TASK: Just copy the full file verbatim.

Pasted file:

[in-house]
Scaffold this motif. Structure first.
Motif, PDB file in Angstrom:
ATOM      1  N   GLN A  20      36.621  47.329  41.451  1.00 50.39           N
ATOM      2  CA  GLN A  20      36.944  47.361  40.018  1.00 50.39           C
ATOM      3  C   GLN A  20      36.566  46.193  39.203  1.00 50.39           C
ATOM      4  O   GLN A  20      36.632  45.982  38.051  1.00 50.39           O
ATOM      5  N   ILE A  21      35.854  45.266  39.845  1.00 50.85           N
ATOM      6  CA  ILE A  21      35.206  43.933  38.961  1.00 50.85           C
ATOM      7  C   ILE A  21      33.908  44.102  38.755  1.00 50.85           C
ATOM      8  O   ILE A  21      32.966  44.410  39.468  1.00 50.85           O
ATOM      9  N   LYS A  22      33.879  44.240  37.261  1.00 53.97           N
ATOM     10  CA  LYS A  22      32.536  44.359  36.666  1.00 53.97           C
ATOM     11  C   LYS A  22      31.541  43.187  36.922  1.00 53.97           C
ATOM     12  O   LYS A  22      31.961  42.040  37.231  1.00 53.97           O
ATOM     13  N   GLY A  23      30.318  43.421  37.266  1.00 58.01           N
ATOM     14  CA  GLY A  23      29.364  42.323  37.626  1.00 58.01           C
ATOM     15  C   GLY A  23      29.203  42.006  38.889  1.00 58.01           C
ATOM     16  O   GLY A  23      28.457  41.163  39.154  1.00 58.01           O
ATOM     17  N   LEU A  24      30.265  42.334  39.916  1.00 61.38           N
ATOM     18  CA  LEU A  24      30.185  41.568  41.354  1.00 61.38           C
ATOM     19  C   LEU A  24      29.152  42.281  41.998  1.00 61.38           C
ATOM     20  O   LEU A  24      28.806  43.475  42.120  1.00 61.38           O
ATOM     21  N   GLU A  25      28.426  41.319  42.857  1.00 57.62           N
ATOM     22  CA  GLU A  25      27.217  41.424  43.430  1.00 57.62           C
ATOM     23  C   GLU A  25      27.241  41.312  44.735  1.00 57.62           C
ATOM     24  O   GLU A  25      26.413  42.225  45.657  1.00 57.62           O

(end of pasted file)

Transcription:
[in-house]
Scaffold this motif. Structure first.
Motif, PDB file in Angstrom:
ATOM      1  N   GLN A  20      36.621  47.329  41.451  1.00 50.39           N
ATOM      2  CA  GLN A  20      36.944  47.361  40.018  1.00 50.39           C
ATOM      3  C   GLN A  20      36.566  46.193  39.203  1.00 50.39           C
ATOM      4  O   GLN A  20      36.632  45.982  38.051  1.00 50.39           O
ATOM      5  N   ILE A  21      35.854  45.266  39.845  1.00 50.85           N
ATOM      6  CA  ILE A  21      35.206  43.933  38.961  1.00 50.85           C
ATOM      7  C   ILE A  21      33.908  44.102  38.755  1.00 50.85           C
ATOM      8  O   ILE A  21      32.966  44.410  39.468  1.00 50.85           O
ATOM      9  N   LYS A  22      33.879  44.240  37.261  1.00 53.97           N
ATOM     10  CA  LYS A  22      32.536  44.359  36.666  1.00 53.97           C
ATOM     11  C   LYS A  22      31.541  43.187  36.922  1.00 53.97           C
ATOM     12  O   LYS A  22      31.961  42.040  37.231  1.00 53.97           O
ATOM     13  N   GLY A  23      30.318  43.421  37.266  1.00 58.01           N
ATOM     14  CA  GLY A  23      29.364  42.323  37.626  1.00 58.01           C
ATOM     15  C   GLY A  23      29.203  42.006  38.889  1.00 58.01           C
ATOM     16  O   GLY A  23      28.457  41.163  39.154  1.00 58.01           O
ATOM     17  N   LEU A  24      30.265  42.334  39.916  1.00 61.38           N
ATOM     18  CA  LEU A  24      30.185  41.568  41.354  1.00 61.38           C
ATOM     19  C   LEU A  24      29.152  42.281  41.998  1.00 61.38           C
ATOM     20  O   LEU A  24      28.806  43.475  42.120  1.00 61.38           O
ATOM     21  N   GLU A  25      28.426  41.319  42.857  1.00 57.62           N
ATOM     22  CA  GLU A  25      27.217  41.424  43.430  1.00 57.62           C
ATOM     23  C   GLU A  25      27.241  41.312  44.735  1.00 57.62           C
ATOM     24  O   GLU A  25      26.413  42.225  45.657  1.00 57.62           O